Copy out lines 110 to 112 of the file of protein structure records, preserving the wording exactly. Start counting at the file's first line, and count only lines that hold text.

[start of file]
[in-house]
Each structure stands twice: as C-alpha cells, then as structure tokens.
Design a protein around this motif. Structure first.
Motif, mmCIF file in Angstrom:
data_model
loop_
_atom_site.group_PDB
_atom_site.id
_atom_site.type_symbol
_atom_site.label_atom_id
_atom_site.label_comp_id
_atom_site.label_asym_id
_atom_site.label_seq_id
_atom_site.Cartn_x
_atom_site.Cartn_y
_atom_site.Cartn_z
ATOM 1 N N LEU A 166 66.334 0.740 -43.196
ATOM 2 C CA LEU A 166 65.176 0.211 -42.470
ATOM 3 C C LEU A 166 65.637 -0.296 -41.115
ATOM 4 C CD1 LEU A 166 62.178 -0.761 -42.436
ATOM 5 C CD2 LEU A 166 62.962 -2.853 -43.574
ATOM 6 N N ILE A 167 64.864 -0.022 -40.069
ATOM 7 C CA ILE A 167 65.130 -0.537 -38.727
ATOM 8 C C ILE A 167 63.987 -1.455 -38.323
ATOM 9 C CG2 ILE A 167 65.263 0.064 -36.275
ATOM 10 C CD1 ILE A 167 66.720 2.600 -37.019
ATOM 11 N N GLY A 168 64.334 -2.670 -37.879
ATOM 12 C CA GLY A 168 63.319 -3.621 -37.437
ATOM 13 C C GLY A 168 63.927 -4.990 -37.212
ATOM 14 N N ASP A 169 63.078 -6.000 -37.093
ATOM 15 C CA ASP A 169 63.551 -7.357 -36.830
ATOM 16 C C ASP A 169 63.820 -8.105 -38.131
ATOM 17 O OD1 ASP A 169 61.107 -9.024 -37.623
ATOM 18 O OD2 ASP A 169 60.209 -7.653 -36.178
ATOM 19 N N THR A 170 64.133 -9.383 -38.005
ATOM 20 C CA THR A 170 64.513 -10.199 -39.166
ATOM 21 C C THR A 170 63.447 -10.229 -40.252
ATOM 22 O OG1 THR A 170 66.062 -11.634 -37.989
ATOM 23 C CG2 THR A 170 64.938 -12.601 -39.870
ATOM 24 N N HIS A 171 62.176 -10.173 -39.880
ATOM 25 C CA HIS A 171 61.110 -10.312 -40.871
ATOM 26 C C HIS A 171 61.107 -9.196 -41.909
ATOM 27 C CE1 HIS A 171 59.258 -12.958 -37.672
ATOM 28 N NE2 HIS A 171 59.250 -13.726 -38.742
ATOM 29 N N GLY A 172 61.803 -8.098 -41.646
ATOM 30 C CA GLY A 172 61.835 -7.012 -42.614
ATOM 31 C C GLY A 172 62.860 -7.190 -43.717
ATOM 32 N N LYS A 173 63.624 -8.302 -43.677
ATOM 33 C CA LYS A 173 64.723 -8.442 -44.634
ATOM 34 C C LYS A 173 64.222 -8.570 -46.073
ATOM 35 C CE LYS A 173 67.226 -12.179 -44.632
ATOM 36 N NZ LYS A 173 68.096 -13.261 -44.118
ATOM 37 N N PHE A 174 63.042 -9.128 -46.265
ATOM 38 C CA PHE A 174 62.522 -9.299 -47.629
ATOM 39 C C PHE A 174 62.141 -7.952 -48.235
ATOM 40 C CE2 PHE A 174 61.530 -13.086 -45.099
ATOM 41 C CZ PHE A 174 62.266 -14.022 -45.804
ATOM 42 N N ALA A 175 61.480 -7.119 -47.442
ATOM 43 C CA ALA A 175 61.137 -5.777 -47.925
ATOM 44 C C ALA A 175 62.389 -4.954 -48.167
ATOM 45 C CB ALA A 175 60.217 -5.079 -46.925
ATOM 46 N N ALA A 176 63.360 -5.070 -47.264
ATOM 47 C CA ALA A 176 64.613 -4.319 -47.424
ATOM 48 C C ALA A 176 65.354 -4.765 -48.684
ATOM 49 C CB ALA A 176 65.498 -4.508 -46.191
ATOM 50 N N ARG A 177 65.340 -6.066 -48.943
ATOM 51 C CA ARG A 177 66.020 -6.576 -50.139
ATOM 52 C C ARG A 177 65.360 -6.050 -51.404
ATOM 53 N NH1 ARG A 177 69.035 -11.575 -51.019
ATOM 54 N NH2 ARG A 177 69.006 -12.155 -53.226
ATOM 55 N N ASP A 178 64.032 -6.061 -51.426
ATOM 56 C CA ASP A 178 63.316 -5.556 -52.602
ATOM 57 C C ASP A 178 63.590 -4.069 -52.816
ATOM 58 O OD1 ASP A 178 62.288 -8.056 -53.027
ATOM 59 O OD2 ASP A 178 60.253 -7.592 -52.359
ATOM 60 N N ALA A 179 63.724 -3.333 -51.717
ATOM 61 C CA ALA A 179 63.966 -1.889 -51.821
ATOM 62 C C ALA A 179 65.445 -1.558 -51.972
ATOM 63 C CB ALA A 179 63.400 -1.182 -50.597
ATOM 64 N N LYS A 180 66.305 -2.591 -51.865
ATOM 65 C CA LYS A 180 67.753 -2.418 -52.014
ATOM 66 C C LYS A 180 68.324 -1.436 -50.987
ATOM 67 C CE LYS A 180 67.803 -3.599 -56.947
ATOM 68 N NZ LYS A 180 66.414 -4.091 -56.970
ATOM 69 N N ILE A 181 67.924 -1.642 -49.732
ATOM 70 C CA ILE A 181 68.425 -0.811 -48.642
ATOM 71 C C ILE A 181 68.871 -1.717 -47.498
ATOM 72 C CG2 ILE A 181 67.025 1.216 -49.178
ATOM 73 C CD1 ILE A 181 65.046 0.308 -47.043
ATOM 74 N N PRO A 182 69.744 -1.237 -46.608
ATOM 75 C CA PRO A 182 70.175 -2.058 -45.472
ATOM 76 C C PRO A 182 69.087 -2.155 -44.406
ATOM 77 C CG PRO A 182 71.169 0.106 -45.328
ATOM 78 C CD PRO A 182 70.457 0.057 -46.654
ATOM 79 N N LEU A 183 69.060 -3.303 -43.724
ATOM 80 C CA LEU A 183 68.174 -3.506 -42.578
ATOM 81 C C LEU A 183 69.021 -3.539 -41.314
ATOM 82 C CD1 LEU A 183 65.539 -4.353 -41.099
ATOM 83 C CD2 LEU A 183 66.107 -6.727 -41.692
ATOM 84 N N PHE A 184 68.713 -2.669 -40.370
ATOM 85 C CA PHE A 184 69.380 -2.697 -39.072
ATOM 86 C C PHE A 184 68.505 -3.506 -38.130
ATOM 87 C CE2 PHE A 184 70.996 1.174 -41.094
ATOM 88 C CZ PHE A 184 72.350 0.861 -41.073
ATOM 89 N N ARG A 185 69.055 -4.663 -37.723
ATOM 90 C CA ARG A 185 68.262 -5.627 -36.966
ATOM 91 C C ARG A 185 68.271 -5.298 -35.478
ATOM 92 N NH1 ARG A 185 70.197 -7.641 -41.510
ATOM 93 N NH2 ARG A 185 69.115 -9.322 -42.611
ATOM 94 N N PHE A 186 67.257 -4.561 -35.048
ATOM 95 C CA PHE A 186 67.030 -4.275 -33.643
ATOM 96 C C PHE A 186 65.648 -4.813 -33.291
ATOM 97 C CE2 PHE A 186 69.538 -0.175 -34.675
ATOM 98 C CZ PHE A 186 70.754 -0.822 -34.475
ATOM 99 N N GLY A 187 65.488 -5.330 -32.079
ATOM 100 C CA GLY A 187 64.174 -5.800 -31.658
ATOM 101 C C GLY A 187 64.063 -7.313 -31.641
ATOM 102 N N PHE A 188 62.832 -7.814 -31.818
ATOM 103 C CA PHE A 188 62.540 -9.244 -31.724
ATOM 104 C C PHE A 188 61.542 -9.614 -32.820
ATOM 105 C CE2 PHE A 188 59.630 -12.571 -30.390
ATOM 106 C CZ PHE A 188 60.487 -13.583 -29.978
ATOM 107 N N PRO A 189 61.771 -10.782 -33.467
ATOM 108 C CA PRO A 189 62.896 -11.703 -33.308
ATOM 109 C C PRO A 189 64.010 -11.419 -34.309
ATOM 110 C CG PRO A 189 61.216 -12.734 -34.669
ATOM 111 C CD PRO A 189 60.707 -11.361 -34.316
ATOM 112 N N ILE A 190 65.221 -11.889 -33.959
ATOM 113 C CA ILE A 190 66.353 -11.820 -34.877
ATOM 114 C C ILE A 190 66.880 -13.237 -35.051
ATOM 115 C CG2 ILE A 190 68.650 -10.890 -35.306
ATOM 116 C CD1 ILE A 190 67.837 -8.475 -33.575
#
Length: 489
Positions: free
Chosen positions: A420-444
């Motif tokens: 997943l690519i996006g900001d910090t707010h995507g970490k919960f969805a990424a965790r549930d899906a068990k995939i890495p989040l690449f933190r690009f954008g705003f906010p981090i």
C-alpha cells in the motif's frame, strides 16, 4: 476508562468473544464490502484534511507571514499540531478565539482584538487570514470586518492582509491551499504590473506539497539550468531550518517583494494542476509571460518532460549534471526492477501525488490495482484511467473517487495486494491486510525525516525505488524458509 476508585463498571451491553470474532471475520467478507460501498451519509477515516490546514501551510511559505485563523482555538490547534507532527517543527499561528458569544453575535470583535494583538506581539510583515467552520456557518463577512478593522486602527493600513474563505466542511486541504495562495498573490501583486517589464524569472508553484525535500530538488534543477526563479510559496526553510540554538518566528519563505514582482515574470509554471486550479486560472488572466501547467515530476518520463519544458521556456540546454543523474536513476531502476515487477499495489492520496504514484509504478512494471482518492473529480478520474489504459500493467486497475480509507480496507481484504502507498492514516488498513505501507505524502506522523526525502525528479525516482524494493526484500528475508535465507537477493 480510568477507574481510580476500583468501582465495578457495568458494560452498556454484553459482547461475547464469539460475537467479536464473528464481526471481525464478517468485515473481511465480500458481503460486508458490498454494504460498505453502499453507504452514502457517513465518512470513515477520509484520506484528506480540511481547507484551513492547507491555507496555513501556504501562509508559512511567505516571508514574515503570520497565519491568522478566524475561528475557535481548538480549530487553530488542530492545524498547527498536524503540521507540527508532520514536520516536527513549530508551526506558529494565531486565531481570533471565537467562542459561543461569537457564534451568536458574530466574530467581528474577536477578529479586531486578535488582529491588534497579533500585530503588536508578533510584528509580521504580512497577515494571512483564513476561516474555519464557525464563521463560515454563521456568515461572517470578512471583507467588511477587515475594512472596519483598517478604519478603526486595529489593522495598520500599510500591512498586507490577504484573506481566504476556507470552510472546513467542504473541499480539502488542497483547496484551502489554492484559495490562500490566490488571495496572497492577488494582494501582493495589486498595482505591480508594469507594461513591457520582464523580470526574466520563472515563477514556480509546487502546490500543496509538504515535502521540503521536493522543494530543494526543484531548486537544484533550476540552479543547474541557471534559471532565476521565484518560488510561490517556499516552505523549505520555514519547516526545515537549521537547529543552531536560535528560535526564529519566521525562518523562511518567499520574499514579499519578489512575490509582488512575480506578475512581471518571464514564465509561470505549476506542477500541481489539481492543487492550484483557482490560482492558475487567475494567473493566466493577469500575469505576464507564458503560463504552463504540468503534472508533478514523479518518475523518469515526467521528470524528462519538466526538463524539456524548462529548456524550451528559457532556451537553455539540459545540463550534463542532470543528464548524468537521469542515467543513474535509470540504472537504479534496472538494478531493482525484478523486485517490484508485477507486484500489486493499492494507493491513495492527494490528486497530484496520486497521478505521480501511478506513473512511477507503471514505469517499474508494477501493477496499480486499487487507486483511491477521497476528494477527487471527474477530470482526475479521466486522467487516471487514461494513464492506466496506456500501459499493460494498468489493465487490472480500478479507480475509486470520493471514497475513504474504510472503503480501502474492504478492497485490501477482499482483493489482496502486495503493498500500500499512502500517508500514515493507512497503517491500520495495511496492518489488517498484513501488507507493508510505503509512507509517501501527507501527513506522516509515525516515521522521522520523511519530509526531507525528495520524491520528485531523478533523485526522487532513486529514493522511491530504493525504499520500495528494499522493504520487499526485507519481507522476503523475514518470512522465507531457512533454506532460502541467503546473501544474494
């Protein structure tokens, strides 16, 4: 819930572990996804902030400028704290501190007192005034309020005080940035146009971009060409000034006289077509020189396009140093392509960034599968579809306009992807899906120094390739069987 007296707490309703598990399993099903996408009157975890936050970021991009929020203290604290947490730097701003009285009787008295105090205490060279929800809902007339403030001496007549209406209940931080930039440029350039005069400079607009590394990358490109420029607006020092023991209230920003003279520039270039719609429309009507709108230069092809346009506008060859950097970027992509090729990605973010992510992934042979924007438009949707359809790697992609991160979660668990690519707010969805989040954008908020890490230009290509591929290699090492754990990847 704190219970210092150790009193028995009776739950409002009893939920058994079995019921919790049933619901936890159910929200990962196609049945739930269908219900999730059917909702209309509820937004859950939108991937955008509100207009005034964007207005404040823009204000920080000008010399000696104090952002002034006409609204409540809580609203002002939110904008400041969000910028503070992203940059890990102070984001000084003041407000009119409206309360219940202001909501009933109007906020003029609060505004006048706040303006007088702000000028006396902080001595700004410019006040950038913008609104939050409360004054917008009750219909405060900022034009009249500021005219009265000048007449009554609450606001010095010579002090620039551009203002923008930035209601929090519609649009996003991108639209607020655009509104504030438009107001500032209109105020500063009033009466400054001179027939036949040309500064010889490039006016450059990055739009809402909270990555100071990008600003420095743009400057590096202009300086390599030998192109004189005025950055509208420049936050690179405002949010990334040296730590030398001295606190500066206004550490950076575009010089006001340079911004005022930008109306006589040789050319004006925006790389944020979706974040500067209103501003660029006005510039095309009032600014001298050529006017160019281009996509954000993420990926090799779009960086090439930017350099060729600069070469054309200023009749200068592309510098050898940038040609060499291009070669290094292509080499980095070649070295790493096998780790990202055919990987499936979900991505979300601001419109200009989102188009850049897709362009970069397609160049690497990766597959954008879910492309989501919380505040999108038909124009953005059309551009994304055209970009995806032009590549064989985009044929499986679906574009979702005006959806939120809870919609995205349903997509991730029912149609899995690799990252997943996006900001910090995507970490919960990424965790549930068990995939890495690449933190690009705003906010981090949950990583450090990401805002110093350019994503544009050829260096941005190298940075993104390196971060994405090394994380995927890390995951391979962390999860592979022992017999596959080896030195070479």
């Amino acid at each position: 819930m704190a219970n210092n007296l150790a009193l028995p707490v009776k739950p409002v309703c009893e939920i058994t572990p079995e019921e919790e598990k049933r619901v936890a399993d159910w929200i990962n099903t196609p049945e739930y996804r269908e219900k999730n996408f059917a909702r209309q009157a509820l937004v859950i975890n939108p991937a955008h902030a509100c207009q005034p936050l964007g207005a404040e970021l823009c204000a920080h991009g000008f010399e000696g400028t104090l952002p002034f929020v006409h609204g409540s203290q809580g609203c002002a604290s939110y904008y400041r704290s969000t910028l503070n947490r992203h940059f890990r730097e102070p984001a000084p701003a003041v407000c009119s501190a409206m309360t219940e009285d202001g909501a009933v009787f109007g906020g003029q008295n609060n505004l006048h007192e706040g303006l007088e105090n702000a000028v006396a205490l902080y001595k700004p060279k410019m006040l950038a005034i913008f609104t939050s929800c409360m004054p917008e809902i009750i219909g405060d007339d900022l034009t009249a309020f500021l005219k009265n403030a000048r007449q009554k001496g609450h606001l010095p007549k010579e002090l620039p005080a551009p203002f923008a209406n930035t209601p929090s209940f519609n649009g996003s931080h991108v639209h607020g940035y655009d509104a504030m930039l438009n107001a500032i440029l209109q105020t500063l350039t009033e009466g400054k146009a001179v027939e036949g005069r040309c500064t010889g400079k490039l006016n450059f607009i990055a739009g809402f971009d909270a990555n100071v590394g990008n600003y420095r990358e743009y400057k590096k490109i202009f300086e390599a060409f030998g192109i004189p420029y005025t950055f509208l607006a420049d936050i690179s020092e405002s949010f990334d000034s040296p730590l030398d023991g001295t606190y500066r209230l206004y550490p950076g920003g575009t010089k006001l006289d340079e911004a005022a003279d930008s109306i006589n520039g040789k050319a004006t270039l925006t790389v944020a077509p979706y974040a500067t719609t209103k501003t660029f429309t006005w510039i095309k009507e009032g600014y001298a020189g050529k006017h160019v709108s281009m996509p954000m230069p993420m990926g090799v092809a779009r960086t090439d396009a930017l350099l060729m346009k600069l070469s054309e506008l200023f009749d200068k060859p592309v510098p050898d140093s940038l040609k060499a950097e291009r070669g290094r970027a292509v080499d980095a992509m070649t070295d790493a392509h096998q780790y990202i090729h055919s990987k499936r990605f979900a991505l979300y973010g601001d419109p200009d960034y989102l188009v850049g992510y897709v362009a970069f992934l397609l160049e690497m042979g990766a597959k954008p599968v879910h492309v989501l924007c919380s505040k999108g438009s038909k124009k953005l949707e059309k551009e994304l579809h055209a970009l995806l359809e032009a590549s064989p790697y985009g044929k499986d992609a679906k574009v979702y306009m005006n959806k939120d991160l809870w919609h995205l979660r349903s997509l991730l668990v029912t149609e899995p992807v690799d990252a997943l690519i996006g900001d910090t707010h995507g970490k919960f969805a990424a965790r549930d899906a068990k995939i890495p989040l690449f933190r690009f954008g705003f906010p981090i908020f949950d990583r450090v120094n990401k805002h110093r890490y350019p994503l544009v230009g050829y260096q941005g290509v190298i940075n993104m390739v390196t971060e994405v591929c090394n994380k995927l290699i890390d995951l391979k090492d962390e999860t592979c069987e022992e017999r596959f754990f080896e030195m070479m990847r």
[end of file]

ATOM 94 N N PHE A 186 67.257 -4.561 -35.048
ATOM 95 C CA PHE A 186 67.030 -4.275 -33.643
ATOM 96 C C PHE A 186 65.648 -4.813 -33.291